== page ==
Durand: threatened academy trust advertises for new executive headteacher
A troubled academy trust that is facing having its funding withdrawn is advertising for a new executive headteacher.
Durand Academy is offering between £150,000 to £200,000 for the successful candidate, who will lead the school, which includes a satellite boarding campus in West Sussex.
The Education Funding Agency wrote to the South London-based Durand Academy Trust this week giving notice of "termination of the funding agreement", because of "significant breaches" of the deal.
The notice followed a provisional notice sent on 4 July, setting out a list of changes that the EFA wanted the trust to make.
Many of them were aimed at reducing potential conflicts of interest between senior leaders at the academy trust and other companies, including London Horizons, the leisure centre run from the school site by former executive head Sir Greg Martin.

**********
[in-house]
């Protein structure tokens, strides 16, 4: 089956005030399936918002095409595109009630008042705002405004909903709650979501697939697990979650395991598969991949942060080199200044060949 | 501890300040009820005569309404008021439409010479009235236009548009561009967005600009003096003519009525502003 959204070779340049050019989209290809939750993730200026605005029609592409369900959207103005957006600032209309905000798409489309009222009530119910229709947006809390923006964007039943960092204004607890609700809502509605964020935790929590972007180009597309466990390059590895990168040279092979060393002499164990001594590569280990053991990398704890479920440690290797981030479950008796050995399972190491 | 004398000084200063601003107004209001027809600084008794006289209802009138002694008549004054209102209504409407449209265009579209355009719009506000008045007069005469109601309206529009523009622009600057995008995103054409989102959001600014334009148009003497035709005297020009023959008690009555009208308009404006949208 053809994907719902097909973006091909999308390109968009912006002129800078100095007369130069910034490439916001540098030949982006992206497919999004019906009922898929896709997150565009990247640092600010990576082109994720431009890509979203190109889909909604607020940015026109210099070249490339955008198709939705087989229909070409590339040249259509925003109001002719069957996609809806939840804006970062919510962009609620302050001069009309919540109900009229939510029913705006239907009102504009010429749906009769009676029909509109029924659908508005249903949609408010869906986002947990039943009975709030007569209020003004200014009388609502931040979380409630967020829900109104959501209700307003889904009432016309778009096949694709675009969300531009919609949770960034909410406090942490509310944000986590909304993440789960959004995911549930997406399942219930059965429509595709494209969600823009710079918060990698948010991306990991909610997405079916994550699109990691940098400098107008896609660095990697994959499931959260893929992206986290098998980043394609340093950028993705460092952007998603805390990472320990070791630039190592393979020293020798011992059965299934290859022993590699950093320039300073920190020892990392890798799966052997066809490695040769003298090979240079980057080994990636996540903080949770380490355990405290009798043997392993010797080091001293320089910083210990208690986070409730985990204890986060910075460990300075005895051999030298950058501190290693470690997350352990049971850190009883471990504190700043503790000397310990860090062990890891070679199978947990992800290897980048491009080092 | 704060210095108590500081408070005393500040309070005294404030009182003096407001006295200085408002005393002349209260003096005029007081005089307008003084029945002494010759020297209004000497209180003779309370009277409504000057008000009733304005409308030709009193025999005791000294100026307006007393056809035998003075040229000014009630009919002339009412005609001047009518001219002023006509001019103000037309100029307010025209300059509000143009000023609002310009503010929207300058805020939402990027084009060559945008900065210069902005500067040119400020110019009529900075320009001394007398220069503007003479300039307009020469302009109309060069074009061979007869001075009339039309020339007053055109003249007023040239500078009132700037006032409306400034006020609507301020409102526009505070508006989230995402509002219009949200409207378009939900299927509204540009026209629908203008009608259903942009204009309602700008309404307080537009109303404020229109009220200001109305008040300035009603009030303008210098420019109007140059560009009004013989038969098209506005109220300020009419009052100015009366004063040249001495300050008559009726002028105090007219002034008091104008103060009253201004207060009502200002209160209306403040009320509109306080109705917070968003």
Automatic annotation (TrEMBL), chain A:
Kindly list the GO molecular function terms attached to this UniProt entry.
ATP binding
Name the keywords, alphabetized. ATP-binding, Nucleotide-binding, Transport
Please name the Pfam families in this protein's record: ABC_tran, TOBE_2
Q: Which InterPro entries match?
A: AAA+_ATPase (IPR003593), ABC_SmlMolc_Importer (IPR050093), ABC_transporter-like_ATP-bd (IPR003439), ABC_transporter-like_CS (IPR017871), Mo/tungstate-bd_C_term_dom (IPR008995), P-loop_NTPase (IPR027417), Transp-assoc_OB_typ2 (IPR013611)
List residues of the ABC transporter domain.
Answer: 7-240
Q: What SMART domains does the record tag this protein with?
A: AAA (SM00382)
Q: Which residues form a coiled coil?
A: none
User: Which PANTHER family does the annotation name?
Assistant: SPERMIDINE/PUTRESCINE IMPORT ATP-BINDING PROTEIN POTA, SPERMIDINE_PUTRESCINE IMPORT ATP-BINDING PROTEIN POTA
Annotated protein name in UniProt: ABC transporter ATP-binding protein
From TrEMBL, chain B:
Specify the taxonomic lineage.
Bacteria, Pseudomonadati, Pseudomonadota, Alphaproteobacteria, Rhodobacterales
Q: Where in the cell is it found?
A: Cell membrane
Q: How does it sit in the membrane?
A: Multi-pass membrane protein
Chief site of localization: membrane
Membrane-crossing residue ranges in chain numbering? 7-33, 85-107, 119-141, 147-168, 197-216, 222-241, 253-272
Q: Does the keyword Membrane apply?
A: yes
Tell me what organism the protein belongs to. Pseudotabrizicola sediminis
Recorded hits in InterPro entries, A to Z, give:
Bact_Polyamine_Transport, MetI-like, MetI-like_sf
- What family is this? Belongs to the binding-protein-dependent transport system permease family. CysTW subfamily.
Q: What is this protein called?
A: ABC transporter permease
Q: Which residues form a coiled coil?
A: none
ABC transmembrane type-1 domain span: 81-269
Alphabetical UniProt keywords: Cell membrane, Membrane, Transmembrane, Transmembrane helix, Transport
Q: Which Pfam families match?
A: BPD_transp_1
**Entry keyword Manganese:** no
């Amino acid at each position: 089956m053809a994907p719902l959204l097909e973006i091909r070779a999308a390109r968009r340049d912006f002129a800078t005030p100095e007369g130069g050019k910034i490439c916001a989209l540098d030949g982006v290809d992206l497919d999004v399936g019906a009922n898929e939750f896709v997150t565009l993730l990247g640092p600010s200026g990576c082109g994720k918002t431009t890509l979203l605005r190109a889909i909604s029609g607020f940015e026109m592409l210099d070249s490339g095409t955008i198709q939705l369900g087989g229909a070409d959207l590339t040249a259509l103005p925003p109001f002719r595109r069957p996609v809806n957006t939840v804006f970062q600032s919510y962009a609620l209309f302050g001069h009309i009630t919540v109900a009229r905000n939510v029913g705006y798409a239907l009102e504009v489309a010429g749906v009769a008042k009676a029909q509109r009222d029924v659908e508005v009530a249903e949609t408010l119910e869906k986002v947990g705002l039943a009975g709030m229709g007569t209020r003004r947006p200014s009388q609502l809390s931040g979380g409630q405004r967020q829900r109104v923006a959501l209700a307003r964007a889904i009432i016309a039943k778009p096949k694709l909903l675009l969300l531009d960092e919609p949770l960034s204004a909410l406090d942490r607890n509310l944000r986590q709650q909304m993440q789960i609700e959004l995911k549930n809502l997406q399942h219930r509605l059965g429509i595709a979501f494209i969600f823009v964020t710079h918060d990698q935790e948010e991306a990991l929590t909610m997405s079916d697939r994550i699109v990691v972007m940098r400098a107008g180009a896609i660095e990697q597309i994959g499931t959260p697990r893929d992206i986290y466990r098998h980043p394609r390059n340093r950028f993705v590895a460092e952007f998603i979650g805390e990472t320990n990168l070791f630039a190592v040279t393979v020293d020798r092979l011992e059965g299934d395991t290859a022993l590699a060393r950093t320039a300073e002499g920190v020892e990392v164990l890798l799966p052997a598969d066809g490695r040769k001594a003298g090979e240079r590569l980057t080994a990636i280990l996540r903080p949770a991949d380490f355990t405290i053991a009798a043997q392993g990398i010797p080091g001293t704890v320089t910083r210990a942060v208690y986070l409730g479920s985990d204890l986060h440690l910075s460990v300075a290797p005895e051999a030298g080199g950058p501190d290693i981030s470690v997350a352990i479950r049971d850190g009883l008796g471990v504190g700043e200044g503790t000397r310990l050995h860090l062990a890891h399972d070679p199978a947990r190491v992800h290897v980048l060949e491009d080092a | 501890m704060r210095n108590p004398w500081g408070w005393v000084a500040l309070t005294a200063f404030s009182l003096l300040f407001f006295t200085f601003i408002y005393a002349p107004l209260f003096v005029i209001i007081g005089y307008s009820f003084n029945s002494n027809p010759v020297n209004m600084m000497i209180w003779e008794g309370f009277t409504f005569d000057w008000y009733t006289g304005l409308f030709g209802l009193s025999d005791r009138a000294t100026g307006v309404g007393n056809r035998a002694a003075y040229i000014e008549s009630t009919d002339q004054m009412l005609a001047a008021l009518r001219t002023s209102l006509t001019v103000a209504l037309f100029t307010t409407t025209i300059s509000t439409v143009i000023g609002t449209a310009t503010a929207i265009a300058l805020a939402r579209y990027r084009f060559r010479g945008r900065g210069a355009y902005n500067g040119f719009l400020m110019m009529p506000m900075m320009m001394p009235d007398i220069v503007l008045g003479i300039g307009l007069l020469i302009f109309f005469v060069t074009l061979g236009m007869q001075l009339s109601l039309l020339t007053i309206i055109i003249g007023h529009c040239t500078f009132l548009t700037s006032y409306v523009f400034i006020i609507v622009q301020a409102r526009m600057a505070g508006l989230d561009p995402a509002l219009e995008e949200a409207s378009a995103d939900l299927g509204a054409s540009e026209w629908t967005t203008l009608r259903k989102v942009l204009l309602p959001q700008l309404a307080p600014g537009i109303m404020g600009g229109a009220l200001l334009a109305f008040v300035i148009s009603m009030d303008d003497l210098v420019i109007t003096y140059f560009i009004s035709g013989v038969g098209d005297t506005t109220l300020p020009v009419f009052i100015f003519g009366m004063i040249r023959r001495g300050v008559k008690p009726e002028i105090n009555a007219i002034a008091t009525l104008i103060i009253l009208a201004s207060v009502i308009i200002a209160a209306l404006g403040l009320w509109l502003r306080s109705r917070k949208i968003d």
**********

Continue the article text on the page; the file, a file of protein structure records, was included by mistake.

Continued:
The EFA’s July letter had called for Sir Greg to step down as chair of governors and for acting executive headteacher Mark McLaughlin to step down from his directorship at London Horizons.
But the notice sent this week said that six of the eight demands were not met.
Decision 'not taken lightly'
Academies minister Lord Nash said of the decision to withdraw funding: "This is not a decision we have taken lightly but it has been done to safeguard the future education of Durand's pupils and to ensure public money and public assets intended for the education of children are managed effectively."
But the trust has vowed to fight the withdrawal of its funding, saying in a statement today that it defends the right to make a profit and use the money in the way "it sees fit" to improve facilities for its pupils and the local community.
A spokesman said: "It is through this philosophy that Durand has been able to found and fund the country's only free state boarding school, which is offered for the use of all its pupils."
The statement claims that the EFA has waged a campaign against Durand for a number of years characterised by "half-truths and inaccuracies".
The academy said it stood by Sir Greg and added that it would fight any "slur" on his name or the reputation of its schools.